Why do I get the feeling Hook and Yvil are the same person?

Hah, I thought it was just a matter of time until someone suggested this. So you and Orrsome are the same and all the others who agree with you… Com'on

Hook, the "you're a bad person for looking after your family because somehow it must be at the expense of others" is just a shallow excuse, if there was a chance for Orrsome or Nifty to make some money, they would al of a sudden completely change their tune.

This is where ethics and morals come into the argument - if making money means buying a house that some young family wanted for their first home....count me out. Especially when a person already has their own home - why do you need another?

We live in a primarily Christian based society. One of those key teachings was to do with 'love thy neighbor' and 'give and you will receive'. Instead landlords think its 'turn thy neighbor into a rent slave' and 'take and you will receive'.

If you think the quality of society will improve by being greedy - well you're going to have to think again.

Christianity is well out the door in NZ, anything goes now. What are morals?

IO, lost the argument so go back to moral and ethics bla-bla-bla, like you don't buy cheap stuff made in Asia by people who earn NZ$5 a day, get off your high horse and get real, stop judging others you're no better than us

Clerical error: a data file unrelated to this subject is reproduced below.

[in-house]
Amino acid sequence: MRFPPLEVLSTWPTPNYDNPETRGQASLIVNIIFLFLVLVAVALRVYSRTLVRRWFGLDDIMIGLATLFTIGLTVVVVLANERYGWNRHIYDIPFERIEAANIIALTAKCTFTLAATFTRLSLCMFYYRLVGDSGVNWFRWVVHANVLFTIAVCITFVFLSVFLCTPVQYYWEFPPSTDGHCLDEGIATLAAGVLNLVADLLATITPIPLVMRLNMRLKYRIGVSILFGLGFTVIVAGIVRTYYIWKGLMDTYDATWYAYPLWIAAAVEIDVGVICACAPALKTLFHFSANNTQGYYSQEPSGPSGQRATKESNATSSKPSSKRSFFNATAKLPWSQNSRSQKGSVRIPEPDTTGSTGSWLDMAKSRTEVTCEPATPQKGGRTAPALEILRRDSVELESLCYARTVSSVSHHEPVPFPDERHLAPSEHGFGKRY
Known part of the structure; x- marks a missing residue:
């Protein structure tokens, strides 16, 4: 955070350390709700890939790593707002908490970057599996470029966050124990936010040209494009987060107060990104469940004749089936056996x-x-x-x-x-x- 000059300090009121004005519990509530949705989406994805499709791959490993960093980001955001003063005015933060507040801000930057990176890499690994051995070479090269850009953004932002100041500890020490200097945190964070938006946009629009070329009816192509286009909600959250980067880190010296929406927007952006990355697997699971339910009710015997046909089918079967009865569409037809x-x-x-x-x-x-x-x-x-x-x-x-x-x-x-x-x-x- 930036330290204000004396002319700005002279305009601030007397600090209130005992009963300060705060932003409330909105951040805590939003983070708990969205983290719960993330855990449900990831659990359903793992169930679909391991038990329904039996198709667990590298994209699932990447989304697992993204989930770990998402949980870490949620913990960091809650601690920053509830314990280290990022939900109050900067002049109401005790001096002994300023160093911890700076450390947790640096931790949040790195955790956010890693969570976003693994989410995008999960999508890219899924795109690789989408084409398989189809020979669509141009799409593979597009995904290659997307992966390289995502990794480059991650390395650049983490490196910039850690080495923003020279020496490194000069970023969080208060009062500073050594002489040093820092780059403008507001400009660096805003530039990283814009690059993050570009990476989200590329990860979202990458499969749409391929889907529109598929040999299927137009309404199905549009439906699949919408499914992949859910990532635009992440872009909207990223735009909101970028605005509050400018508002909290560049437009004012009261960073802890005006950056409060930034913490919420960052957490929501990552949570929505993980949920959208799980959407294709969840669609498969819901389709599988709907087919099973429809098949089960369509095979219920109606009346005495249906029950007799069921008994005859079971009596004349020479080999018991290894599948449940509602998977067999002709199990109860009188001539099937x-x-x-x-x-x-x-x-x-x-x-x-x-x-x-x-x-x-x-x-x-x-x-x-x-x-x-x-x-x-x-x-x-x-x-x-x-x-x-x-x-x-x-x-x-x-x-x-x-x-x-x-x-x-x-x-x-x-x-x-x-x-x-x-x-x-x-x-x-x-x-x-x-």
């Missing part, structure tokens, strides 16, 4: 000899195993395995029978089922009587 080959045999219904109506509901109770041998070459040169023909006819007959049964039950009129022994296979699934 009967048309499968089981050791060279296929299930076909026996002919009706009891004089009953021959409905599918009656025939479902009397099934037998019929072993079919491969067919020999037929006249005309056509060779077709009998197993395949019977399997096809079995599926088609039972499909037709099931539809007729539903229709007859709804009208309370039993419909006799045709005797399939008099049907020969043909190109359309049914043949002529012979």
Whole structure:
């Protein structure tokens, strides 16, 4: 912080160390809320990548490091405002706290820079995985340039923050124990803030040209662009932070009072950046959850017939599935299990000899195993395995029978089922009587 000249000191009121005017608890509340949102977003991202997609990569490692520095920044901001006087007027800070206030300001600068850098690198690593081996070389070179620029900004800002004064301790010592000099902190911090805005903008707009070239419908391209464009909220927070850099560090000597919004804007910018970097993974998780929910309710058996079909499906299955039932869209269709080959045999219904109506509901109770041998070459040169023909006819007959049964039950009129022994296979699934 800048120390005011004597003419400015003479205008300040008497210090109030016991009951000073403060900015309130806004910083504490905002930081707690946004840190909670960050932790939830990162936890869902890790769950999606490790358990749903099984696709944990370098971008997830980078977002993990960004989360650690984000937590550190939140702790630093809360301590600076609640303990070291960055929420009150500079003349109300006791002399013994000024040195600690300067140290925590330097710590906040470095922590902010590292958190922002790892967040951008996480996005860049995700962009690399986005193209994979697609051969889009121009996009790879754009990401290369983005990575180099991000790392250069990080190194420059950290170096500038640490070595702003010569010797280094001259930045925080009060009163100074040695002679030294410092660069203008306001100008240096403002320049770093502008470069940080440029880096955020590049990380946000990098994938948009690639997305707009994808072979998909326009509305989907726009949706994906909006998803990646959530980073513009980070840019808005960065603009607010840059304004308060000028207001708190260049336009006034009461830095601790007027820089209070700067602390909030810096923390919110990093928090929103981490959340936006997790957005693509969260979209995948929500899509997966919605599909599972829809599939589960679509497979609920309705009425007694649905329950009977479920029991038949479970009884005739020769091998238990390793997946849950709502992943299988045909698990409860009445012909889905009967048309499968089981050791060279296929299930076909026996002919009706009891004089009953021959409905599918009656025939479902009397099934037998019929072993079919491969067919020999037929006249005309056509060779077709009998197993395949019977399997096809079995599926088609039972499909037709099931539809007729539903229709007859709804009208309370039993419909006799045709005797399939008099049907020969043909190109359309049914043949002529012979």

I don't claim to be better than anyone - nor have I. I'm simply point out what ethical actions might look like and what they might not look like as well. We each reap what we sow when the time comes. And if you want to take advantage of a situation at the detriment of others within your society you can but it does come with consequences.

Taking advantage of a situation created by others is called "opportunity". Even the Vatican know this - and they are the richest organisation worldwide, no consequences coming their way recently

Your definition of opportunity is very different to mine.

It's called diversity of opinion. Nobody is inherently right or wrong - they just have their own approaches.

Yes and I'm glad we respect each others so much in forums like this :-)

According to a previous post of yours you have been predicting housing bubble burst now coming up to six years.
If that has been your view for holding-off buying - in which time houses have increased considerably - the that was your decision. 50,000 young FHB have purchased in the past year - you appear not to be one so that is fine, your decision and so accept the consequences.
Wear it and stop the seemingly envy based slagging others who have come to a different decision, have acted and have done well.